Collaborative to Enhance Access for Suppression to End HIV (CEASE-HIV)
The Collaborative to Enhance Access for Suppression to End HIV (CEASE-HIV) is a project generated by Chicago Department of Public health (CDPH) and located within the THRIVE Center at the Institute for Sexual and Gender Minority Health and Wellbeing at Northwestern University. The study is designed for population centered health homes (PCHHs) within the Chicagoland area to join in collaborative learning sessions to integrate specialized strategies from Seattle’s Max Clinic Low Barrier Care Model (LBC) into their existing HIV primary care sites.
In partnership with CDPH, CEASE-HIV brings together CDPH-funded PCHHs providing a “one-stop shop” for people with HIV (PWH), including HIV primary care and wraparound supportive services. Throughout this experience, PCHH’s will work alongside a variety of national experts and devoted coaches to explore the LBC model and strategies, create replications of low barrier care that can be locally responsive, and identify essential practices that will guide future program implementation into real-life practice.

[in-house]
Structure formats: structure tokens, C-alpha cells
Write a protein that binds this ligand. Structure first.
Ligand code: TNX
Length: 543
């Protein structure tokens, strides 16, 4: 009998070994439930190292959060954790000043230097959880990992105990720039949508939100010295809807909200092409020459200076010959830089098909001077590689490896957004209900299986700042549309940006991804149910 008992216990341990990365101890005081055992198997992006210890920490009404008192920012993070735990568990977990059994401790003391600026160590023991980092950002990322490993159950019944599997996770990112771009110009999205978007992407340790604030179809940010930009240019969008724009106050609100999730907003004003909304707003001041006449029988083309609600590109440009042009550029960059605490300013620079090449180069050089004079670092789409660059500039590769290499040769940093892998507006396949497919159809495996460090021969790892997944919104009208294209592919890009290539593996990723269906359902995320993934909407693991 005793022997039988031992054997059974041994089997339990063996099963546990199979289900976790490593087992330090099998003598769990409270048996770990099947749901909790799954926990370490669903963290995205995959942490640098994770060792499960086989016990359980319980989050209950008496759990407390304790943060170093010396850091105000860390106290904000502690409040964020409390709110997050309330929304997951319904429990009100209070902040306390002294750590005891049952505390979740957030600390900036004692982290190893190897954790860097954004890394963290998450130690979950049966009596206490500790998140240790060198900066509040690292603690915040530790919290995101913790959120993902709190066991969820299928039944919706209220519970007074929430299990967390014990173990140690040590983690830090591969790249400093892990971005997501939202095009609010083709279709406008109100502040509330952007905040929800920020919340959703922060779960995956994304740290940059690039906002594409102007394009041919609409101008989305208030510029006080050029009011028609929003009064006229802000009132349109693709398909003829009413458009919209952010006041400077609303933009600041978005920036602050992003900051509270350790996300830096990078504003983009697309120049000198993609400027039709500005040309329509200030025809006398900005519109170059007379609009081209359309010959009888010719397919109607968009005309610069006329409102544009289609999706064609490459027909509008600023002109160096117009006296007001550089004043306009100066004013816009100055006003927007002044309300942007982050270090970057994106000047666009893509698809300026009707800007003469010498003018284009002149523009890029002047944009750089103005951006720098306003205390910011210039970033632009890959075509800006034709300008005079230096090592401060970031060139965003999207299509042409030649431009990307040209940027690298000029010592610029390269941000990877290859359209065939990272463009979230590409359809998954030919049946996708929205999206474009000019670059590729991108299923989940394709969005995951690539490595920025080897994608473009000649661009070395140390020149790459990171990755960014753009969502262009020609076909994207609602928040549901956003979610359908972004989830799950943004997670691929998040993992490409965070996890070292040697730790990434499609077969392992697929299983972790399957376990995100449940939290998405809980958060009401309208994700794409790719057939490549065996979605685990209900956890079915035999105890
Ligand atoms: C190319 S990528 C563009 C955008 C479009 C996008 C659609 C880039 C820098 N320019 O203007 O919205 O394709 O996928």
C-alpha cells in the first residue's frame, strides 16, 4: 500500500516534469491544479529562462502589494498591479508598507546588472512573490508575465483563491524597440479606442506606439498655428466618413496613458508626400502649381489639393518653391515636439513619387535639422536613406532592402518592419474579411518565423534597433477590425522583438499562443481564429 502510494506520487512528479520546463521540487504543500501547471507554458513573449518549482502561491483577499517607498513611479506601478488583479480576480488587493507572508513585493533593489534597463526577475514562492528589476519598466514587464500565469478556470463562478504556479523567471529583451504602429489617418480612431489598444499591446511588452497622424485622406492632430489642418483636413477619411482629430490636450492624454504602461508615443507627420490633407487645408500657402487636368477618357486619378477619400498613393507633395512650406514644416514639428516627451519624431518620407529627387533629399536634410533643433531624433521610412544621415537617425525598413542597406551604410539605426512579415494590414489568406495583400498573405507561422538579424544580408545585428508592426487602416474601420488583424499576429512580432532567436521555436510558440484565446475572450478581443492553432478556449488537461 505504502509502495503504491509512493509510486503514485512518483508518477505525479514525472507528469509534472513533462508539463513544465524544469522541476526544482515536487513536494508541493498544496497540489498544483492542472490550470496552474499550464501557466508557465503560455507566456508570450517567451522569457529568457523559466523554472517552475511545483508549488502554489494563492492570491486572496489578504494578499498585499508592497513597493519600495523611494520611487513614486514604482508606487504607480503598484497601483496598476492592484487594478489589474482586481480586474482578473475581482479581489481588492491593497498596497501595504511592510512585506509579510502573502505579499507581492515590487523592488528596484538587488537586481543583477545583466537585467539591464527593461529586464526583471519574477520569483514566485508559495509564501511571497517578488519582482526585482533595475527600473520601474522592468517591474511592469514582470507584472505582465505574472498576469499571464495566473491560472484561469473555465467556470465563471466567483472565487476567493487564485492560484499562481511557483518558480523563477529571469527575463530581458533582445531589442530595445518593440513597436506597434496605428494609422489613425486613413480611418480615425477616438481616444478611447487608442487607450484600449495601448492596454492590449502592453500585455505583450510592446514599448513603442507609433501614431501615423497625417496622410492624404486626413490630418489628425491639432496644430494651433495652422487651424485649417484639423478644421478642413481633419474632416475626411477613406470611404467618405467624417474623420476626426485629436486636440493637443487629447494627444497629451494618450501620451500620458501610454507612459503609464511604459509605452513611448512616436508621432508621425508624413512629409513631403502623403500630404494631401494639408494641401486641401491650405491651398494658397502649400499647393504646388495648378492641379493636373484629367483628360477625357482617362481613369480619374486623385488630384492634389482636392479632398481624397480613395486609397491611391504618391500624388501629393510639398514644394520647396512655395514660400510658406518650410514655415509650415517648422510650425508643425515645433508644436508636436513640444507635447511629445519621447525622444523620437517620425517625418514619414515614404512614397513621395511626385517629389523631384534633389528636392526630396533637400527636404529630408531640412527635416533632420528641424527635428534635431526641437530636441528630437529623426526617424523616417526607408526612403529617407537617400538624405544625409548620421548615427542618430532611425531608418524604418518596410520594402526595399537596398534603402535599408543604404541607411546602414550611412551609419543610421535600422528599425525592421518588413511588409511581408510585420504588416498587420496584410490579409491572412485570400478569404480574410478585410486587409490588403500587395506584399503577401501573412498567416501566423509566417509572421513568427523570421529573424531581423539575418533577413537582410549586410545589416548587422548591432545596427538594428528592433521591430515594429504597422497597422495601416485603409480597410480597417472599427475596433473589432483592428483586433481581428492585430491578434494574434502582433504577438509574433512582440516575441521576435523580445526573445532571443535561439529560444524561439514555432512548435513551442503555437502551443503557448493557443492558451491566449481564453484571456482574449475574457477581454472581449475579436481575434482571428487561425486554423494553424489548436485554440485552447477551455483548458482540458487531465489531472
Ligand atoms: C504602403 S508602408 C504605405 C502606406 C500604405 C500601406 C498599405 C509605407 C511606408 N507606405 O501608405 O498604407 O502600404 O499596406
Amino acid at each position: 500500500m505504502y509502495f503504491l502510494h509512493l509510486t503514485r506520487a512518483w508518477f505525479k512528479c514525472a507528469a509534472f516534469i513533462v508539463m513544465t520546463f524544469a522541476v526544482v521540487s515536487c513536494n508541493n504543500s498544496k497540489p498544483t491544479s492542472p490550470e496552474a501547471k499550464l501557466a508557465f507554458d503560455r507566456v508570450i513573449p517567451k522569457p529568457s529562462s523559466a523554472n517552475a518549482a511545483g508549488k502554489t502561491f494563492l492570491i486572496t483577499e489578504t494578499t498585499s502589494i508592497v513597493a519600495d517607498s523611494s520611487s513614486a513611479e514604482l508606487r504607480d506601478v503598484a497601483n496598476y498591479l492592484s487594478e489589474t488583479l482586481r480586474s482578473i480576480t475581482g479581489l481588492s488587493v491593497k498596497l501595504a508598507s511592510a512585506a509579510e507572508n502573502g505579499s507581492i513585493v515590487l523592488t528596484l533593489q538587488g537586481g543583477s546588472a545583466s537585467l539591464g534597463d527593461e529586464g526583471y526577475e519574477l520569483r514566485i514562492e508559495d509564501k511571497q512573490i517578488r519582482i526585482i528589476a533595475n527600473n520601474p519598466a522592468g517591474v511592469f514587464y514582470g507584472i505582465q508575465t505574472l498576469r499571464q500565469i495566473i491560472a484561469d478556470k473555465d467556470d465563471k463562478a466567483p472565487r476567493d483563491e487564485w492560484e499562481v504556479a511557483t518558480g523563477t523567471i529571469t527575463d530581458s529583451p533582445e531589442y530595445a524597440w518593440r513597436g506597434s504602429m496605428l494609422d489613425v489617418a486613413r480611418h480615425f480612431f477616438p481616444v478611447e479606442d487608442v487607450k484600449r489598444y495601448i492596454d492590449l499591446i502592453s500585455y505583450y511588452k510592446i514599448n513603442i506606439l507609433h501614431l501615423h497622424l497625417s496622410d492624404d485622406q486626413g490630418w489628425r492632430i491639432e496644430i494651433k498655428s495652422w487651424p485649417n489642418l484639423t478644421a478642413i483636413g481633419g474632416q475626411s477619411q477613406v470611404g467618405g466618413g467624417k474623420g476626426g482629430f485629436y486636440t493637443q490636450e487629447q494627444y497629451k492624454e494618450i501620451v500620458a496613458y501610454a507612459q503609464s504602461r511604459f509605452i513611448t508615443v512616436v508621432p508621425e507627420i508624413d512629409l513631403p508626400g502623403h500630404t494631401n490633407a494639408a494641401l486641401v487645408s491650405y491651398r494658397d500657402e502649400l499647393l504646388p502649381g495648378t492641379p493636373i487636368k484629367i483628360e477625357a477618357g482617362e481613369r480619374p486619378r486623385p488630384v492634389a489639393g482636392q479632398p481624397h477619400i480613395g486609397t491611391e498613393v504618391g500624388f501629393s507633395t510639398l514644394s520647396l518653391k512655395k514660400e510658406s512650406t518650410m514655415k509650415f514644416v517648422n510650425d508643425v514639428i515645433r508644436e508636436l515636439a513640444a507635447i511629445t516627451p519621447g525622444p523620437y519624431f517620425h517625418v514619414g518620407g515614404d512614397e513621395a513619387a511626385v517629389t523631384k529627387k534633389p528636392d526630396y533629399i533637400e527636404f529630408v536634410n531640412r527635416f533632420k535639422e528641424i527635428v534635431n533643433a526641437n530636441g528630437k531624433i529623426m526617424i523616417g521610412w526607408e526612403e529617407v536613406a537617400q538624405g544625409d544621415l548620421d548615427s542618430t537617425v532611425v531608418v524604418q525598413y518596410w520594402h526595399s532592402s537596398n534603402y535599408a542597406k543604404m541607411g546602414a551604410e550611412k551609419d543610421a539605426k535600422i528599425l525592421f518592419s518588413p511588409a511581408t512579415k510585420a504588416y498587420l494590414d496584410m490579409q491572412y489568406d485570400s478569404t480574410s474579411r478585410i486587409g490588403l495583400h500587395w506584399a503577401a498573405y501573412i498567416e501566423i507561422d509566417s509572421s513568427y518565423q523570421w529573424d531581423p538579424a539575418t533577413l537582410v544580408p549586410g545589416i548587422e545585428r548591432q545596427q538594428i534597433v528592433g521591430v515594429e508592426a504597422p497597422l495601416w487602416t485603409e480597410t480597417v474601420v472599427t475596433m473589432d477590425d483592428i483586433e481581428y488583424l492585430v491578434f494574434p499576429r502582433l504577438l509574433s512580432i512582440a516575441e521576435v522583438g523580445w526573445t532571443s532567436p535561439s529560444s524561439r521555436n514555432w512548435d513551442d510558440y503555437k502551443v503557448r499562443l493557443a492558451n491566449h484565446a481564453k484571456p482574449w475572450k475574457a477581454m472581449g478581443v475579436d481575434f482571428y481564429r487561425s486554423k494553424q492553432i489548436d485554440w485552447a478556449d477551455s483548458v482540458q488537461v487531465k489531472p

The CEASE-HIV research study will unfold in four phases:
- Phase 1: to explore the processes of adopting and adapting LBC strategies among PCHHs in learning collaboratives
- Phase 2: to explore the processes and costs associated with implementation of LBC strategies among participating PCHHs
- Phase 3: to evaluate the effectiveness of LBC strategies on rates of sustained care and viral suppression (VS)
- Phase 4: to assess the sustainability of LBC strategies
CEASE-HIV will use collaborative learning and implementation strategies to transform HIV primary care and wraparound services and pilot evidence-informed low barrier care strategies that meet the complex needs of people living with HIV who are unable to reach sustained VS.
CEASE-HIV specific aims are to:
- Facilitate adoption, adaptation, and implementation of LBC strategies by PCHHs using a learning collaborative
- Evaluate site-specific and system-wide effectiveness of integrated LBC strategies at improving sustained care and VS
- Assess implementation cost and sustainment of LBC strategies among PCHHs